By Paul Thoresen, SIOP Blogger
On the premiere episode, of House of Lies (a Showtime Original Series) “management consultants” are painted as soulless opportunists. With the tagline Survival of the Slickest, this should not be very surprising to most. The show’s first episode portrays the main protagonist (played by Don Cheadle) attempting to win over clients with flattery, meaningless jargon, and several other less than productive tactics. Is this the general impression that the public holds for those who consult to management?
It seems the show gives a laundry list of what not to do with clients as a management consultants. Included in this list of don’ts…..
- Excessive billing of expenses to the client
- Very unprofessional behavior (“adult situations”, violence, etc)
- Purposeful extensions of billable hours to milk the client
The pilot was entertaining and even though the main characters may not be likable yet, the show may be intriguing. Also, they never mention I/O Psychology, but one team member (played by Kristen Bell who you may remember from Veronica Mars) has a degree in “business psychology”. My guess is that we will shudder to see what she says and does, just as our clinical cousins typically do not want to see how therapists are portrayed 95% of the time in TV and movies. That said, quantitative terms such as “regression” were cited at least once during the episode. Although never to the level of detail of R Squared, a probability of 87% was used when discussing a predictive model (as a disclaimer, the model did not have much to do with the prospective client). Hopefully we can distance ourselves from the unethical behavior of the team.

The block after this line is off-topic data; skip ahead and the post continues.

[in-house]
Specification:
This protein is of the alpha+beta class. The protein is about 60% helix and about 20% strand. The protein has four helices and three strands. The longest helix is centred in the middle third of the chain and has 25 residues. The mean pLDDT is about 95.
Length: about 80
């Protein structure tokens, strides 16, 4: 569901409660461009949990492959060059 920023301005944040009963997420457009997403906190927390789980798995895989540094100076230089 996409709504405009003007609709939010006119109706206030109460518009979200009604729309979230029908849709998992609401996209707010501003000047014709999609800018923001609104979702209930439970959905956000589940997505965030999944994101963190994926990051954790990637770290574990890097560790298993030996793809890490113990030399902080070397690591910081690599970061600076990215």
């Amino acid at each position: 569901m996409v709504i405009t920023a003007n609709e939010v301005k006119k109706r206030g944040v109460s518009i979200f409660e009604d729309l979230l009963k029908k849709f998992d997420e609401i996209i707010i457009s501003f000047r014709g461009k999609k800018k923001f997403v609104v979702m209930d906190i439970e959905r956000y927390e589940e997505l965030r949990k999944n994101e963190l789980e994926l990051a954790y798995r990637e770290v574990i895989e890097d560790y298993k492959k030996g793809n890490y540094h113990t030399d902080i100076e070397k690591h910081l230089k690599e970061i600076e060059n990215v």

Surprisingly, a tenable solution was ultimately offered to the potential client and a contract secured. Is this a good thing or a bad thing? Only the rest of the season will tell. They did use their crack team of wunderkind to analyze the company data and present an unexpected solution. It was not an I/O solution per se, but it made sense from a data-based perspective as it incorporated projections, customer loyalty and other areas that overlap with our profession. Will the rest of the season increase a bit of visibility for those of us who may fall loosely under the “management consultants” umbrella? Will that visibility be more damaging than productive? The show is designed to be a scathing look at the field of management consulting. Perhaps it is more applicable to those who consult with MBA type backgrounds. That said, the mass media paints with a very wide brush. I for one will watch a few more episodes to see what direction the plot develops into and see what kind of shenanigans the ensemble team gets into. I am not saying the show is brilliant, but certainly the show portrays this consulting team to have a bad foundation and time will tell what kind of house that builds.
Have you watched the show? What are your thoughts?